Lifestyle marketing has become increasingly popular as brands work to associate themselves with a way of life customers aspire to. In doing so, brands become purveyors of the tastes, styles, activities, etc. that compliment their identities and product offerings.
Much like concept stores, brands who take a lifestyle approach seek to create a perspective or viewpoint, a lens from which the customer can interpret and perceive the collection and how it applies to their own lives. Some brands do this through the product, by extending their collections to include various aspects. Take Ralph Lauren, for example, a brand that has multiple apparel collections, home, child, accessories, etc. Or Bottega Veneta, who also offers a furniture collection in addition to apparel, accessories and home.
Other brands do this through events and/or content that is focused on areas not directly within their product lines. Tommy Hilfiger Radio, MaxMara’s magazine, or Lexus’ lifestyle portal Luxury Awaits, are all examples of this.
For concept stores, as discussed in yesterday’s article, there is an element of discovery in exploring the store merchandise and the outlook of the curator. Established brands have a harder time with discovery and prompting this exploration because their point of view is already known.
We’ve learned how concept stores are successful in using an array of product offerings and different labels to tell a story and create engagement, but how can more established brands do this?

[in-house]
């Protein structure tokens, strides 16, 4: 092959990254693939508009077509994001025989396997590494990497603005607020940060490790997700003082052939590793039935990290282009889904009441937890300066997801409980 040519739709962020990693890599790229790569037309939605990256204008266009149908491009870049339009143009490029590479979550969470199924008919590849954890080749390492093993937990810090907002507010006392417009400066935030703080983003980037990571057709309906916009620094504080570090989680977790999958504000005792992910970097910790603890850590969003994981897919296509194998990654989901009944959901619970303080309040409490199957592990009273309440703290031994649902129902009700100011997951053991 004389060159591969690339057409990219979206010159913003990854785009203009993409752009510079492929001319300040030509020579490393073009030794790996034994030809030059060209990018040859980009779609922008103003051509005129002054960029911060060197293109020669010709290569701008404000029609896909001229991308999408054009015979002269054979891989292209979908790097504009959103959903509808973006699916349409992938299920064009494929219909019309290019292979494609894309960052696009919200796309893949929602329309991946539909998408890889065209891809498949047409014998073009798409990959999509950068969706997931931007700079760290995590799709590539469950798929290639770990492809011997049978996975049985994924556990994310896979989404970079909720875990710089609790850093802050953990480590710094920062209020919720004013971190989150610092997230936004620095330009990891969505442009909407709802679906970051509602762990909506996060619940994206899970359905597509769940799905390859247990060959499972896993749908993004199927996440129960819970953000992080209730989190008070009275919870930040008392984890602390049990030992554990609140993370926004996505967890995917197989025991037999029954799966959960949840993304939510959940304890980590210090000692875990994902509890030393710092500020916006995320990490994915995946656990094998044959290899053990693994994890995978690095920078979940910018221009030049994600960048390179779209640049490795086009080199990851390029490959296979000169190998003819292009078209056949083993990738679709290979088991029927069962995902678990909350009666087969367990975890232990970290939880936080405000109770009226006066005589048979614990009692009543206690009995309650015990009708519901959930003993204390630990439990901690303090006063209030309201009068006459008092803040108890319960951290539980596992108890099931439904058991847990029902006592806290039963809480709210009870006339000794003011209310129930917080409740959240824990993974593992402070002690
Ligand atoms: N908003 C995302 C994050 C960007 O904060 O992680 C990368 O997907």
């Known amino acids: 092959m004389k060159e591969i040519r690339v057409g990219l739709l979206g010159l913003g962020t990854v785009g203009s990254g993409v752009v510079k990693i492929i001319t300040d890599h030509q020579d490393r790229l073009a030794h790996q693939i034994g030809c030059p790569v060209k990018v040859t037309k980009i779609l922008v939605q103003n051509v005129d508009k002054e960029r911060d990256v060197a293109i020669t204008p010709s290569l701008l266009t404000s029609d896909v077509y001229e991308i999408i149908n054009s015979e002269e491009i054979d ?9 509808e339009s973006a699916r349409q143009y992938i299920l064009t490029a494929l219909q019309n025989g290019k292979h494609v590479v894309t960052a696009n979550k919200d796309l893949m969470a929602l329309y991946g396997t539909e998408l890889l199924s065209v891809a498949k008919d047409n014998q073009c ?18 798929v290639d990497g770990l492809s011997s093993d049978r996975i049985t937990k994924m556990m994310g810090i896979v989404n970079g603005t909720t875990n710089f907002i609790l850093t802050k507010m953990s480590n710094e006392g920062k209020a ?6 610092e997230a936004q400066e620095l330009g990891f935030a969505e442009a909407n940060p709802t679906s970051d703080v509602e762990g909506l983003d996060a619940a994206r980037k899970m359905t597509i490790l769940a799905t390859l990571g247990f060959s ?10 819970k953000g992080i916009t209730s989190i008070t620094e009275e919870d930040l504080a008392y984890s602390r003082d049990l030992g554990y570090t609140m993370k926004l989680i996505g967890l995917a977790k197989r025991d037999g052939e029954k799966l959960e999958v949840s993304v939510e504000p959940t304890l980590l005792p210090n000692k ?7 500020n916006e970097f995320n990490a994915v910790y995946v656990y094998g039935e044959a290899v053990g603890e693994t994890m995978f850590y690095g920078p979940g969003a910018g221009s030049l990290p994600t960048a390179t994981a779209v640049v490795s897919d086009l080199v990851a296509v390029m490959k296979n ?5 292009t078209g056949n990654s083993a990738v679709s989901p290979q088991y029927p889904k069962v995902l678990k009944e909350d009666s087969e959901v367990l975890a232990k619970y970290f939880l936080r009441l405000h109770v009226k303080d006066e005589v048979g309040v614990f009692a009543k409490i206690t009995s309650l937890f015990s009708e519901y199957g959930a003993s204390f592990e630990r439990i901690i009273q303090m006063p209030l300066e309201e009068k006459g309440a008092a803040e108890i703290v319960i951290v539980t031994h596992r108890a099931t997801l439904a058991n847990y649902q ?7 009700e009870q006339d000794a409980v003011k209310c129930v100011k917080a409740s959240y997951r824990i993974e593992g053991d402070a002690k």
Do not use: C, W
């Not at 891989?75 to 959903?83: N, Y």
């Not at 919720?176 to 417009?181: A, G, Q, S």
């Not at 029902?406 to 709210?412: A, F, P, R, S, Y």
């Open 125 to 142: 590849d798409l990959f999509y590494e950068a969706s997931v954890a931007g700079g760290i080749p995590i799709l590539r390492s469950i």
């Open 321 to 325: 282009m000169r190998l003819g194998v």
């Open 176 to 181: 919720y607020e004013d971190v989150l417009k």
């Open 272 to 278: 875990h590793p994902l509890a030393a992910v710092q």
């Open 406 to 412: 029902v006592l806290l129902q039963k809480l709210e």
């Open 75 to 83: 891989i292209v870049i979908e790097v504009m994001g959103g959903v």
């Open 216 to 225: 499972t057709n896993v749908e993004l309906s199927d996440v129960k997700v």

For lifestyle marketing, it’s important for brands to recognize that, while it certainly helps to set a brand identity, associations with external brands or categories should be meaningful. After all, if you are a ready-to-wear brand, customers don’t expect to receive information on upcoming concerts, gallery openings, etc. While these can be value-adds for customers, brands should understand that the majority of customers might not access the brand for this type of content regularly.
Rather, customers can be enticed through both the brand and the product, and the stories behind each of these. Having lifestyle content that is a natural extension of the brand not only makes sense, but it makes for an interesting experience.
Take for example Barney’s. As a department store, Barney’s can easily achieve lifestyle marketing through the products they offer. From the home goods in Chelsea Passage to an array of clothing, accessories, beauty and even an on-site restaurant, Fred’s, Barney’s has established itself as edgy, fun, witty and inherently stylish.
As a shopper you experience the imagination that goes into the buying and merchandising, which provides a lens through which a shopper should interpret the pieces sold at Barney’s; it’s what makes going to Barney’s one of the city’s most fun activities (Ok, so I’m a bit biased).
But what of the website experience? I would invite Barney’s, and other established brands, to think about the point of view they have created through the brand identity and use that as the basis for the online experience. If it’s featuring interesting new designers, why not use the website to tell the story of these designers, or articulate how Barney’s comes to find them? Why not provide video content of personal shoppers and stylists pairing items together for the season? Or feature the always fabulous Creative Director, Simon Doonan throughout the site?
Whether small concept boutiques or established brands, there is a very real opportunity in using the perspective to create a memorable, delightful shopping experience, even online.
Photo Credits: Bottega Veneta Furniture collection 2010
Edited by: Gina Conforti